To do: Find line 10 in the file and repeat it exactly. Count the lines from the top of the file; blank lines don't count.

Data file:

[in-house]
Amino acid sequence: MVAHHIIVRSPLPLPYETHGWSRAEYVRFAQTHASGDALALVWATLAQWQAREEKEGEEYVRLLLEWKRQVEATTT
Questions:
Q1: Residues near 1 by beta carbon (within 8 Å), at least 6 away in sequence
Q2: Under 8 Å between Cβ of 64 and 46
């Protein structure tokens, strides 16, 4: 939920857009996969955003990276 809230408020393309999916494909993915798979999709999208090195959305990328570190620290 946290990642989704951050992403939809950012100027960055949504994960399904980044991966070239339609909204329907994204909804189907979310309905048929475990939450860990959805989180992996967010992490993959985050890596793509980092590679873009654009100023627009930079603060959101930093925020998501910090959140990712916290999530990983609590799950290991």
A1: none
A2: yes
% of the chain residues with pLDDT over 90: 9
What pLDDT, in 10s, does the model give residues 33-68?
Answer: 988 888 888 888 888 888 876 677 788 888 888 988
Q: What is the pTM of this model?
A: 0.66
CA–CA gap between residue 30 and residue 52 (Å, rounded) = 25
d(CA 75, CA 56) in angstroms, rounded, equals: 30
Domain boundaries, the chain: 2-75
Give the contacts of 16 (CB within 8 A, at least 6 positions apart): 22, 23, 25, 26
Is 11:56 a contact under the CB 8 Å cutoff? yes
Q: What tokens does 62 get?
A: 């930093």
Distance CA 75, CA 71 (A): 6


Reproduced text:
What pLDDT, in 10s, does the model give residues 33-68?